Dwight Howard, Steve Nash's Struggles Go Deeper Than the Princeton Offense

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Dwight Howard, Steve Nash's Struggles Go Deeper Than the Princeton Offense
Stephen Dunn/Getty Images

Even after an 0-3 start, there is still an air of guarded optimism surrounding the Los Angeles Lakers. Common theory suggests that a roster with Kobe Bryant, Dwight Howard, Steve Nash and Pau Gasol will eventually figure it out.

However, that theory may be flawed, and it has nothing to do with the fact Los Angeles is 0-3, but everything to do with how the Lakers managed to get there.

There is plenty of blame to go around, and it starts at the top with the ineptitude of head coach Mike Brown and permeates down through the roster. But the root of the Lakers' troubles may lie in their two biggest offseason acquisitions.

I wouldn't dare call Dwight Howard or Steve Nash busts after only three games, but fundamental flaws in each player's game have been exposed.

To be fair, it's not like we shouldn't have seen this coming.

Most people have pointed to the Princeton offense as the main source of the Lakers' issues. While this is a popular opinion, the numbers don't validate it.

The Lakers have scored more than 100 points in two of their losses and 91 in the other. As a team, they are connecting on nearly 50 percent of their shots from the field. Howard's and Kobe Bryant's numbers are even more impressive, as both players are shooting better than 60 percent from the field and scoring more points per game than they did last season.

The Lakers average almost 20 turnovers per game, which is certainly a legitimate issue, but is something that will improve as the team gains more familiarity. I'm not sure if the same thing can be said about the defense. Specifically, in the case of Nash and Howard.

Most people assumed that Nash's offensive abilities would overshadow his limitations on defense, but unfortunately, as Nash has struggled to grasp the intricacies of the Lakers scheme, the opposite has been the case.

Nash's ineffectiveness on offense has illuminated his inability to guard anyone on the perimeter. His paltry four assists per game may be less important than the fact that Nash was abused by Darren Collison in the Lakers' first loss to the Dallas Mavericks. And Nash was well on his way to the same type of treatment by Portland's Damian Lillard before he was mercifully injured late in the first quarter of the Lakers' second loss.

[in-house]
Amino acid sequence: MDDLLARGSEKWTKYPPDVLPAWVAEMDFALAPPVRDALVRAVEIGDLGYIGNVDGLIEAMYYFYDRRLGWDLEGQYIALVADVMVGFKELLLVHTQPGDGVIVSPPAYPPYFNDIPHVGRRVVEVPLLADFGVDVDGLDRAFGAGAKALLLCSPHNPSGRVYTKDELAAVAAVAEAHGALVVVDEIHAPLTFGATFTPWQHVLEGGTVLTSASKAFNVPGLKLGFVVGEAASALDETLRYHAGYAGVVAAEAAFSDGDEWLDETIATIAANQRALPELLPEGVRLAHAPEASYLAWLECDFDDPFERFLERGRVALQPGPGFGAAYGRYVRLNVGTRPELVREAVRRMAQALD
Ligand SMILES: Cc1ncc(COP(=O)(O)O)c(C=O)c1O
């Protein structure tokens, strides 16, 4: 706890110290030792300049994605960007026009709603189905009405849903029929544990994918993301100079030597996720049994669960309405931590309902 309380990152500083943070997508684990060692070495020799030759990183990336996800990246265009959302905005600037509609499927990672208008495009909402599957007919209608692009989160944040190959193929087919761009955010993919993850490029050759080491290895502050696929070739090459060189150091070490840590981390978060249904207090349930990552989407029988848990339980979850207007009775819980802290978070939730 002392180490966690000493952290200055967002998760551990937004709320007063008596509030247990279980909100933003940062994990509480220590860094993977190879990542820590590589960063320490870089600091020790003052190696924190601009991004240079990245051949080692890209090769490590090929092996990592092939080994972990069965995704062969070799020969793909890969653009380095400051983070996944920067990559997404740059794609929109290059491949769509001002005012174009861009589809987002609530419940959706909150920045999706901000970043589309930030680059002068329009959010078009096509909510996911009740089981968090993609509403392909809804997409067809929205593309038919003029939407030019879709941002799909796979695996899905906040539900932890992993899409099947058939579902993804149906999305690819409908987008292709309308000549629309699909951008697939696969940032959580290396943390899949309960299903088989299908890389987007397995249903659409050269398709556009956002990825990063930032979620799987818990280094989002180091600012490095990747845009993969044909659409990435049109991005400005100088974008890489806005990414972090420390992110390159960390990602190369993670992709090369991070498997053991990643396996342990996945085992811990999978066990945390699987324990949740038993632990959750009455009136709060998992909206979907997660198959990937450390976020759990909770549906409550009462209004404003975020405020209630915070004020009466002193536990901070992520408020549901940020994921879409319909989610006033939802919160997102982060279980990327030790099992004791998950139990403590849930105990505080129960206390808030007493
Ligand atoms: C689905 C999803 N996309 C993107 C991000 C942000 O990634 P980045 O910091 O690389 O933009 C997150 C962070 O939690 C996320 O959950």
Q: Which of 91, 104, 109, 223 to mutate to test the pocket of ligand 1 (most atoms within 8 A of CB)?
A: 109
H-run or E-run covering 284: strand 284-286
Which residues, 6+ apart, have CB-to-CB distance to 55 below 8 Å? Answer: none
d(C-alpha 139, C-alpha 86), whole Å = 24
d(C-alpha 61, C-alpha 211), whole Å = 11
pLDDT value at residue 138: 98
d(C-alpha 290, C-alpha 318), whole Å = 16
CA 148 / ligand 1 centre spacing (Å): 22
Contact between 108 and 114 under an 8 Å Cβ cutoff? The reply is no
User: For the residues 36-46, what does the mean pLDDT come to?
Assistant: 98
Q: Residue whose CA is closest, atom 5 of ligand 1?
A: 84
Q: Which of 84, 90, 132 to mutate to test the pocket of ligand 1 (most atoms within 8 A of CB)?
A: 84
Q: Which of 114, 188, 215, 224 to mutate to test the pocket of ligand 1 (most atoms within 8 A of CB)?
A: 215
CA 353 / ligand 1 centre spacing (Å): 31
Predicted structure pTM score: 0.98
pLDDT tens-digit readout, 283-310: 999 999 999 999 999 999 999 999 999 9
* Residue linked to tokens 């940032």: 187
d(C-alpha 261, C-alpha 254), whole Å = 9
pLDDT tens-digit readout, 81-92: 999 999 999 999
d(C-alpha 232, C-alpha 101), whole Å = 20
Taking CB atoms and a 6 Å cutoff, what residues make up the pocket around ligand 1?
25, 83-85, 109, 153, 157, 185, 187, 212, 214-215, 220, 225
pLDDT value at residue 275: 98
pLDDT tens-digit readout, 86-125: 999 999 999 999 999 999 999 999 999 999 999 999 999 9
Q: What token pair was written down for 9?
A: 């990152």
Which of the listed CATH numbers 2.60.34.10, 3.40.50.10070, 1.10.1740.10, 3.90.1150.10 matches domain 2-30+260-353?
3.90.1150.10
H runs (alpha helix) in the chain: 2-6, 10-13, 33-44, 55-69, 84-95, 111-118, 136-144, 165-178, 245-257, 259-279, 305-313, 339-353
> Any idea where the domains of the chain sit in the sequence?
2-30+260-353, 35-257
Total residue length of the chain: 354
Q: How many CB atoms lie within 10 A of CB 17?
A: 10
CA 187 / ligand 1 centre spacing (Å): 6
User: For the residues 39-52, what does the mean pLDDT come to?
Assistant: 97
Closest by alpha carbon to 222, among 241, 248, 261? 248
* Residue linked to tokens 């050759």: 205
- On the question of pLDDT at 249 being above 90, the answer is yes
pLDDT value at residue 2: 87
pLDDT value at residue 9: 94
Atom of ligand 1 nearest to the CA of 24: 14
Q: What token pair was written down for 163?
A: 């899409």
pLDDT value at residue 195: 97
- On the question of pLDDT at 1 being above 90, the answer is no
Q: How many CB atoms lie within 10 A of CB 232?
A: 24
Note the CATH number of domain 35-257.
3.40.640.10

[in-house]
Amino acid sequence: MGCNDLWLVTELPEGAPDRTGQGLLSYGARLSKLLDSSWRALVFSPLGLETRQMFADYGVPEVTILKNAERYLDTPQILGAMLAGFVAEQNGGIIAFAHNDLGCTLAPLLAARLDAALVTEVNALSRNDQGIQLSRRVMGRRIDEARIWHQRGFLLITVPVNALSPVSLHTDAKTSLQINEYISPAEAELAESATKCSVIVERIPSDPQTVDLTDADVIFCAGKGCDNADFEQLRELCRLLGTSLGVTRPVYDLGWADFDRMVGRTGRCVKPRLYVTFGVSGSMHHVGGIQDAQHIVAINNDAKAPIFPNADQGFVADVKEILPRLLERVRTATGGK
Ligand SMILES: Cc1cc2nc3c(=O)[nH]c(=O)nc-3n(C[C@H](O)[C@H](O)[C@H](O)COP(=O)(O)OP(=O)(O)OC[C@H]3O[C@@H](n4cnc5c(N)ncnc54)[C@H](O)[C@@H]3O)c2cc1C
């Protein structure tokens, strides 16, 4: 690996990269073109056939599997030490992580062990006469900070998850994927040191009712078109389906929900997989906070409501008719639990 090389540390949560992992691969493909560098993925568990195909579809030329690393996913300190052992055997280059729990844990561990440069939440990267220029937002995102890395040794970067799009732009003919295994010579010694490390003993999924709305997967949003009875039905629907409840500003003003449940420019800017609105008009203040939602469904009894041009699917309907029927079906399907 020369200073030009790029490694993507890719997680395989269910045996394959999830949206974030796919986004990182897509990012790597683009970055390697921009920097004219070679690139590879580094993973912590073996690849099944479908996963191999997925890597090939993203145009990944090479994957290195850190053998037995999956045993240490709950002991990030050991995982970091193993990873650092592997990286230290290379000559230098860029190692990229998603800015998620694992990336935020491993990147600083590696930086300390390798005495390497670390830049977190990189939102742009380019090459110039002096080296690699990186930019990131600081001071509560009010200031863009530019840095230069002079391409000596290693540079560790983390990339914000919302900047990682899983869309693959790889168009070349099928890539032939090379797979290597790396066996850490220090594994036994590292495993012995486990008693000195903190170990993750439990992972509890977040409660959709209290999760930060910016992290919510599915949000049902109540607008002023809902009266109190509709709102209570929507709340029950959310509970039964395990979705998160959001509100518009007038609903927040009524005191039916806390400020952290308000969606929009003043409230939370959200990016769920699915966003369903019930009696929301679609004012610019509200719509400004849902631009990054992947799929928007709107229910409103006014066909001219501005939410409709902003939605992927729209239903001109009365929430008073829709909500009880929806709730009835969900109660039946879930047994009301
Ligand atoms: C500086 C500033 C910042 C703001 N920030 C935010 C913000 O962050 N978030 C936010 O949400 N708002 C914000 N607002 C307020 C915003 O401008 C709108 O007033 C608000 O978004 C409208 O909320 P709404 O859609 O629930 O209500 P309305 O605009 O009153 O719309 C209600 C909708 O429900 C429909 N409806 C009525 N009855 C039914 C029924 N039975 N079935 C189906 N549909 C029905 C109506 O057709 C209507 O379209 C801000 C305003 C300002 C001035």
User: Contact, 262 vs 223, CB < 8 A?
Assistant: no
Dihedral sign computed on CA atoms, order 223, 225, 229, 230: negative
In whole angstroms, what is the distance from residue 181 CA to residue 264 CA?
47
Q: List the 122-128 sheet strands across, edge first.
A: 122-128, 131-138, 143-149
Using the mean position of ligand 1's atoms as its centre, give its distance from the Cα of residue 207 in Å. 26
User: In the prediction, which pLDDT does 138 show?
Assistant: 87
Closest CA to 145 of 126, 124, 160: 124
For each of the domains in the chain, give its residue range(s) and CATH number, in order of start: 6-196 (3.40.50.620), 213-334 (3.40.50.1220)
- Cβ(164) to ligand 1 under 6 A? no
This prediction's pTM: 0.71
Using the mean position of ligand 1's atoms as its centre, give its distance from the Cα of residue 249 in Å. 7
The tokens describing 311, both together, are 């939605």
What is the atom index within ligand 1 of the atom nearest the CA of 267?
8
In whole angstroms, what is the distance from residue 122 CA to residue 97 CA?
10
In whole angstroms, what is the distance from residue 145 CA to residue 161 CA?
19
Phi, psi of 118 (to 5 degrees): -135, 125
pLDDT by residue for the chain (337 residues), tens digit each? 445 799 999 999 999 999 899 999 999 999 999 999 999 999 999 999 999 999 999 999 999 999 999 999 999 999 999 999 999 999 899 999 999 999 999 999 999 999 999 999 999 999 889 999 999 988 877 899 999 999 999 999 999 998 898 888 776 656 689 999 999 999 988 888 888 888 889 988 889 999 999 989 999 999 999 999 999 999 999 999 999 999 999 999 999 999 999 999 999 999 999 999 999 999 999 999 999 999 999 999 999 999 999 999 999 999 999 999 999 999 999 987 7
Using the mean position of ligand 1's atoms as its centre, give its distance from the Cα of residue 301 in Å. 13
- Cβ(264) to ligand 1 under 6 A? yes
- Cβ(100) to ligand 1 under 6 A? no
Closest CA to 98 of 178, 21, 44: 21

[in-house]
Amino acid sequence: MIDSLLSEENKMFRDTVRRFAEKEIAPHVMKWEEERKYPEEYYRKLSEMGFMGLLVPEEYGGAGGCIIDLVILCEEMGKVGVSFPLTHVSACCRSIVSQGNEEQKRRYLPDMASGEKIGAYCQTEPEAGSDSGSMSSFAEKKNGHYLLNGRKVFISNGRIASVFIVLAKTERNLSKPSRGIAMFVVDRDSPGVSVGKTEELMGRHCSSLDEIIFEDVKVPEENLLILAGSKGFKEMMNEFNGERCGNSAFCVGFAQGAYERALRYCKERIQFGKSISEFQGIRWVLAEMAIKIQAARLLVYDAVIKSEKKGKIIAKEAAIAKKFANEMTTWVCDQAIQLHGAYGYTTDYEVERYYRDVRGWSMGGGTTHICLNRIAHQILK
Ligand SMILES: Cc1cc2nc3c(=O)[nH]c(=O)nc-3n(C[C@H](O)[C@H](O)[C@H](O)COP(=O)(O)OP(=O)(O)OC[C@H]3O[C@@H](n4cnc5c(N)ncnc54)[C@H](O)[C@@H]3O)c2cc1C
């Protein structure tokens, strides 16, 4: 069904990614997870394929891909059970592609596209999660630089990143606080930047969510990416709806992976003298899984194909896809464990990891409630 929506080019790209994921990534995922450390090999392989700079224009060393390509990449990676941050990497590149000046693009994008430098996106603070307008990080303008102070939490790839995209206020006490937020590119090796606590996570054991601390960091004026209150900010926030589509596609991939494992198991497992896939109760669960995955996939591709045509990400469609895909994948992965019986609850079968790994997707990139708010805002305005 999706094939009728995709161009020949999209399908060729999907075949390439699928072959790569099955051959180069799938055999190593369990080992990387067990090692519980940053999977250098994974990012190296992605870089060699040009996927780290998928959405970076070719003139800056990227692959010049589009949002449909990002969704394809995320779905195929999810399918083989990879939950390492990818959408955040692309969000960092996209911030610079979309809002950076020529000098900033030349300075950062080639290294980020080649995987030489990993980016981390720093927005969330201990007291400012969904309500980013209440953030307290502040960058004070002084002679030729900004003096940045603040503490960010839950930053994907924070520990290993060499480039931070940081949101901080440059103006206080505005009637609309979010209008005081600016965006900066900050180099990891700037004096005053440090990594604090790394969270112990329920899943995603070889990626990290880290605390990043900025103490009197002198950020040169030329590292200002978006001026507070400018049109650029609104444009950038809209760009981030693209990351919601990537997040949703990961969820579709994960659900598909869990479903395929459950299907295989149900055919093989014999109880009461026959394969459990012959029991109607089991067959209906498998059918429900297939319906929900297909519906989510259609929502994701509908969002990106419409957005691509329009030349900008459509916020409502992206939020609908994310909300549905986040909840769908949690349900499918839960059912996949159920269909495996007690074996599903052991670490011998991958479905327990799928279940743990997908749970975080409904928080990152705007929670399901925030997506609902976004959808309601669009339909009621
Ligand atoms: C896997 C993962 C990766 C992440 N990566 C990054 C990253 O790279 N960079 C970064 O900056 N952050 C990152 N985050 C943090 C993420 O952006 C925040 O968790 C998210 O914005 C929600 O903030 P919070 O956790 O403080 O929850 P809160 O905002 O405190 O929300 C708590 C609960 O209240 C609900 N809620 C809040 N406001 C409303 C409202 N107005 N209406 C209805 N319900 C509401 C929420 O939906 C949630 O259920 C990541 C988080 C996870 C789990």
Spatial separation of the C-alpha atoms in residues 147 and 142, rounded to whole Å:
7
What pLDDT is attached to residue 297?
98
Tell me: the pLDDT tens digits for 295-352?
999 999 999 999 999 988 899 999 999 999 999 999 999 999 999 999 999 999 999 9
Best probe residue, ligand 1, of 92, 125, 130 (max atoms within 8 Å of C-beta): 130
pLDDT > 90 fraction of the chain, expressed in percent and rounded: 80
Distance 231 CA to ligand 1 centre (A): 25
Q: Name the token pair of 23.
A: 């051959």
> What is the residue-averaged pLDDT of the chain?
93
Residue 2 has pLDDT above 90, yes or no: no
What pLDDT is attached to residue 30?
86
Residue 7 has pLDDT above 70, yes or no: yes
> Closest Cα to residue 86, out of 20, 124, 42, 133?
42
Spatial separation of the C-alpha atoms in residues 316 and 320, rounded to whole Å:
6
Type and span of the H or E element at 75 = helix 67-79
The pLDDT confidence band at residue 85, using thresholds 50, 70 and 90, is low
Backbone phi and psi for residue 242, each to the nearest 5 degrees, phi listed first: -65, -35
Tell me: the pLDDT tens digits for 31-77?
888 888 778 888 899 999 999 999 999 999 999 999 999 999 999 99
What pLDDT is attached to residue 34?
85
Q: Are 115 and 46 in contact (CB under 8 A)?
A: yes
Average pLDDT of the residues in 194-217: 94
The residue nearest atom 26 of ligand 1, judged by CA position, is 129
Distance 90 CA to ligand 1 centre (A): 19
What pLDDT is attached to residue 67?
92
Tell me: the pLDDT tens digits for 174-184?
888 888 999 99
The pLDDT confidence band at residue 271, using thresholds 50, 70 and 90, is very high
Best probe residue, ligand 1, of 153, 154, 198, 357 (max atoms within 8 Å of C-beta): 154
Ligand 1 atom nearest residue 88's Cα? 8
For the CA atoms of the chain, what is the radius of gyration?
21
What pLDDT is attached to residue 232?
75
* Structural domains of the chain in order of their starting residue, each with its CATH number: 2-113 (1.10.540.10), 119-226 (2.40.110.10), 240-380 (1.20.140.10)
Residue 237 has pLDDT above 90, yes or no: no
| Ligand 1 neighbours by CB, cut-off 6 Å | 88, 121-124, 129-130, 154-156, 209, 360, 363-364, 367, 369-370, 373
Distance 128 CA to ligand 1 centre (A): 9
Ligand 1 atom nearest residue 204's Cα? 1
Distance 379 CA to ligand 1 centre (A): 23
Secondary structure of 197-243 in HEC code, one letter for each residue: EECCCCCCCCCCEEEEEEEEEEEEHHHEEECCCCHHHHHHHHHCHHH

If Nash can't defend a decent guard like Collison and a rookie, albeit a very talented one, in Lillard, what happens when he is matched against the conference's truly elite point guards?

Howard's presence in the back of the Lakers defense was supposed to serve as a deterrent for those seeking to breach the Lakers perimeter—but so far, Howard's performances have only raised more questions.

I'm not sure if Howard's issues are a matter of timing or rhythm, but I do know that he isn't exactly striking fear into the hearts of his opponents.

Howard has been repeatedly challenged at the rim by the likes of Brandan Wright and Deandre Jordan, and in many instances those less-touted players are winning.

It's even worse when you consider that opposing teams have figured out the best way to beat the Lakers is to attack them in transition. As the most athletic member on the roster, Howard has a responsibility to be the first man back on defense.

In order for the Lakers to challenge for a title this season, they will need to be dominant on the defensive end. There has been nothing they have done through three games to suggest that that is even a remote possibility.

The Lakers will improve on offense and Howard will undoubtedly get his timing back, but will they ever figure it out on the defensive end, especially with Brown as their primary teacher?

It may be time for the Lakers and their fans to adjust their horizons a little, because while there may be a path to the NBA Finals in the future, it would be nice if the Lakers could find a path to their first victory.

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